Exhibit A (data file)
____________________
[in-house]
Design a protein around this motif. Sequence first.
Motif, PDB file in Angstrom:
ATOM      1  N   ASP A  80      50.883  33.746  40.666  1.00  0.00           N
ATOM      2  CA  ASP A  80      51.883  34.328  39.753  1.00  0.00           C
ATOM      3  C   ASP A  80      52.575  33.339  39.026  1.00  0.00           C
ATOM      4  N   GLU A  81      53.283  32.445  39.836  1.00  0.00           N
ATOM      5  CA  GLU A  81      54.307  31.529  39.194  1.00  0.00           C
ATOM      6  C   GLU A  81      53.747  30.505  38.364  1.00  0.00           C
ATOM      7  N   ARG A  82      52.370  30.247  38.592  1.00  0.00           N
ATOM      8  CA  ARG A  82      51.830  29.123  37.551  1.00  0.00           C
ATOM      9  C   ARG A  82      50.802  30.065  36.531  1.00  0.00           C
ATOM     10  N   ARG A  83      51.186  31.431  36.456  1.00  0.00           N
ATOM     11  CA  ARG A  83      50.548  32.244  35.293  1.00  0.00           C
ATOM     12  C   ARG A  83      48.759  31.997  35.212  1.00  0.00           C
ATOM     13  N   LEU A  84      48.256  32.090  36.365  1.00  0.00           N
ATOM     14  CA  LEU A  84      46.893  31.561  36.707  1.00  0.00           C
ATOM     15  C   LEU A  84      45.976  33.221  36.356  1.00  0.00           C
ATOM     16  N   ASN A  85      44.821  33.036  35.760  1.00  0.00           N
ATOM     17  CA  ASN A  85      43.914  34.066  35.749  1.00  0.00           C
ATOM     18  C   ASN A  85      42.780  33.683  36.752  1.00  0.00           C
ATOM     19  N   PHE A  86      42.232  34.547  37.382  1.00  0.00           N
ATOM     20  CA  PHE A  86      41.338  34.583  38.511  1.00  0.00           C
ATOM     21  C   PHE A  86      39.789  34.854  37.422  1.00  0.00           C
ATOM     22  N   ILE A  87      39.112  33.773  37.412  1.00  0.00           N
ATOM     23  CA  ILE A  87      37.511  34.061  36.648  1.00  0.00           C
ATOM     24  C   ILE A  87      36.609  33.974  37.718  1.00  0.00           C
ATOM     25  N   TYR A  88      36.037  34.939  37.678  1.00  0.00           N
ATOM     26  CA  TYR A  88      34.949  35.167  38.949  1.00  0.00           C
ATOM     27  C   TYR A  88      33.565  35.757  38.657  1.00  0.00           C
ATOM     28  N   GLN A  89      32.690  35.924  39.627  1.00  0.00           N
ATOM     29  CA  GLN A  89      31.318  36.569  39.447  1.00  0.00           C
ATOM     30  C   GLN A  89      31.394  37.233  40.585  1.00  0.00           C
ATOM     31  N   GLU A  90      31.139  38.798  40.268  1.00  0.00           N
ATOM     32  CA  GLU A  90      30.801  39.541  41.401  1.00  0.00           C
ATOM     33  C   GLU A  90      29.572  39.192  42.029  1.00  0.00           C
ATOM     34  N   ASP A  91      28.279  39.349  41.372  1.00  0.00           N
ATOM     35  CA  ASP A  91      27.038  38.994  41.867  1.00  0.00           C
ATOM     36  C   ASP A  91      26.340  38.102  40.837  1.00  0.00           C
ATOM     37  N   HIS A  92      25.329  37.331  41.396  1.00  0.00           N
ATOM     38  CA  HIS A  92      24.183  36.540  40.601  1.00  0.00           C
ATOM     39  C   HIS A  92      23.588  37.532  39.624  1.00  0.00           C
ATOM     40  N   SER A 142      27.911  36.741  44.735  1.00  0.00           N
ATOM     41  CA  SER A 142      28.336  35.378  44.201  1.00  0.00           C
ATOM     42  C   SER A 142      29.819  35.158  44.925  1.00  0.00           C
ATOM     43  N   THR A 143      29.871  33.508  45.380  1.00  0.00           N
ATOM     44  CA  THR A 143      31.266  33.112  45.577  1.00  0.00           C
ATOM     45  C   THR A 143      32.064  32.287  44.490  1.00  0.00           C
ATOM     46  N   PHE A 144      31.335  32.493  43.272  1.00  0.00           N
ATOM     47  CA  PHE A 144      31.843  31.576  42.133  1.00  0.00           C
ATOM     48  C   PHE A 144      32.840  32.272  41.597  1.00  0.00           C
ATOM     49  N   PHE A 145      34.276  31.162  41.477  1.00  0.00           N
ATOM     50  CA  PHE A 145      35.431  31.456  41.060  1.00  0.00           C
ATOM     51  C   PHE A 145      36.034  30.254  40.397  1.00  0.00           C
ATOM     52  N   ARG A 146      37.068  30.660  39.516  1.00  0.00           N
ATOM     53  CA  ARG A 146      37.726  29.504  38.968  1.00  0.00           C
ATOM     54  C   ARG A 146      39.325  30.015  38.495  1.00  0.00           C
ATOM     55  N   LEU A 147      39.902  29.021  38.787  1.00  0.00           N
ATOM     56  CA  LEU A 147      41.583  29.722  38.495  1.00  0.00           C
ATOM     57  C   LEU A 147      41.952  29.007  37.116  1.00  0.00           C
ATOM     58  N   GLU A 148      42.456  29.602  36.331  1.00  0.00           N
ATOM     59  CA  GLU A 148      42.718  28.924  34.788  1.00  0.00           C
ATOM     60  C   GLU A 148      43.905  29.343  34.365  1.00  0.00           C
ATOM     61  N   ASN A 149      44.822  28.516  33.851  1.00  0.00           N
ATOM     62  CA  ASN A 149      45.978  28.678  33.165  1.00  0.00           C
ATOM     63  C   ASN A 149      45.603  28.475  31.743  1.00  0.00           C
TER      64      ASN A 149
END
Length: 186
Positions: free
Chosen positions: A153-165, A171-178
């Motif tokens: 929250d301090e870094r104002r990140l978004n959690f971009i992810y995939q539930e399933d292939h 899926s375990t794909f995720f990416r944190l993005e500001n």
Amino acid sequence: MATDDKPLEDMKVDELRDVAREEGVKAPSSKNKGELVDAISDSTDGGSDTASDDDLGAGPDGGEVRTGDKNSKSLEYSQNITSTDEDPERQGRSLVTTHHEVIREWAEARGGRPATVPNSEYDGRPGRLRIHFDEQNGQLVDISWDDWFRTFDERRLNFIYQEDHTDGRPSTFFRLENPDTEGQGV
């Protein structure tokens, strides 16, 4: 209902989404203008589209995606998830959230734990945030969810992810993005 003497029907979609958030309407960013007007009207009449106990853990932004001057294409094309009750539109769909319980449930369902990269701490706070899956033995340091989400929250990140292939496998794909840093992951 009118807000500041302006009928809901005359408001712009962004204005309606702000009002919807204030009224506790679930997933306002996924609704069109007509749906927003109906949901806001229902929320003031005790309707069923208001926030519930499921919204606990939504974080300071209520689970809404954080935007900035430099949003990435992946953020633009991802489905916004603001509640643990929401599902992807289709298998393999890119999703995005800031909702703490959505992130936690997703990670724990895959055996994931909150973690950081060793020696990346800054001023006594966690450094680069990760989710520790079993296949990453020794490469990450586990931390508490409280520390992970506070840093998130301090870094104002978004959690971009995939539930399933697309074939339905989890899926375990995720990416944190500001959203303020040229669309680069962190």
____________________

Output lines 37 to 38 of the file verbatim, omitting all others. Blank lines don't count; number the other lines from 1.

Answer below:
ATOM     34  N   ASP A  91      28.279  39.349  41.372  1.00  0.00           N
ATOM     35  CA  ASP A  91      27.038  38.994  41.867  1.00  0.00           C